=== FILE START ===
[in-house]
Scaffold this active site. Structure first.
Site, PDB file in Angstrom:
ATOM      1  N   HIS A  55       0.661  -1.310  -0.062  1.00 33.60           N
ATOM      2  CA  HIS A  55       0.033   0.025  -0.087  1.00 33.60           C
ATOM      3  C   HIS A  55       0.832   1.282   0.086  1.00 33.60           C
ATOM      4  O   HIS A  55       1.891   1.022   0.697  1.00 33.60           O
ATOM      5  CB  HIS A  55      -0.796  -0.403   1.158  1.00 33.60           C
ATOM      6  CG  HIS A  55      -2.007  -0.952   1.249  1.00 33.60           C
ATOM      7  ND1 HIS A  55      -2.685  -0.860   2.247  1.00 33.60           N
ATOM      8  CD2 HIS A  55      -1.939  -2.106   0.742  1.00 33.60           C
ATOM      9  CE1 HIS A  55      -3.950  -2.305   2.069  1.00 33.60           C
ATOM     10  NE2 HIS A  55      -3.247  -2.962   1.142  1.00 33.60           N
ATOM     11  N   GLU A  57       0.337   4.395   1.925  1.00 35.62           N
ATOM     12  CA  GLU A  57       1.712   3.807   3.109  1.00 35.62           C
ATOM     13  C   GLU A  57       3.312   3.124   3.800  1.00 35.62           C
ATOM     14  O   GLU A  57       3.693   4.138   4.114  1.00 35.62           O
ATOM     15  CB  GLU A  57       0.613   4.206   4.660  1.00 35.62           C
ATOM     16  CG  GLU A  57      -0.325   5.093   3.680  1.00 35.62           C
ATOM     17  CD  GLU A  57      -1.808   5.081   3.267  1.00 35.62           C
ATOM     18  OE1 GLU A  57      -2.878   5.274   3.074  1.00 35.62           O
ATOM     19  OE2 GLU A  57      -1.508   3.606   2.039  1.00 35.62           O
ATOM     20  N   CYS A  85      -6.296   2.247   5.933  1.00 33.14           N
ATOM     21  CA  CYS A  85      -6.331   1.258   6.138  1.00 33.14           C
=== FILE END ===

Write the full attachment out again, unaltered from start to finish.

[in-house]
Scaffold this active site. Structure first.
Site, PDB file in Angstrom:
ATOM      1  N   HIS A  55       0.661  -1.310  -0.062  1.00 33.60           N
ATOM      2  CA  HIS A  55       0.033   0.025  -0.087  1.00 33.60           C
ATOM      3  C   HIS A  55       0.832   1.282   0.086  1.00 33.60           C
ATOM      4  O   HIS A  55       1.891   1.022   0.697  1.00 33.60           O
ATOM      5  CB  HIS A  55      -0.796  -0.403   1.158  1.00 33.60           C
ATOM      6  CG  HIS A  55      -2.007  -0.952   1.249  1.00 33.60           C
ATOM      7  ND1 HIS A  55      -2.685  -0.860   2.247  1.00 33.60           N
ATOM      8  CD2 HIS A  55      -1.939  -2.106   0.742  1.00 33.60           C
ATOM      9  CE1 HIS A  55      -3.950  -2.305   2.069  1.00 33.60           C
ATOM     10  NE2 HIS A  55      -3.247  -2.962   1.142  1.00 33.60           N
ATOM     11  N   GLU A  57       0.337   4.395   1.925  1.00 35.62           N
ATOM     12  CA  GLU A  57       1.712   3.807   3.109  1.00 35.62           C
ATOM     13  C   GLU A  57       3.312   3.124   3.800  1.00 35.62           C
ATOM     14  O   GLU A  57       3.693   4.138   4.114  1.00 35.62           O
ATOM     15  CB  GLU A  57       0.613   4.206   4.660  1.00 35.62           C
ATOM     16  CG  GLU A  57      -0.325   5.093   3.680  1.00 35.62           C
ATOM     17  CD  GLU A  57      -1.808   5.081   3.267  1.00 35.62           C
ATOM     18  OE1 GLU A  57      -2.878   5.274   3.074  1.00 35.62           O
ATOM     19  OE2 GLU A  57      -1.508   3.606   2.039  1.00 35.62           O
ATOM     20  N   CYS A  85      -6.296   2.247   5.933  1.00 33.14           N
ATOM     21  CA  CYS A  85      -6.331   1.258   6.138  1.00 33.14           C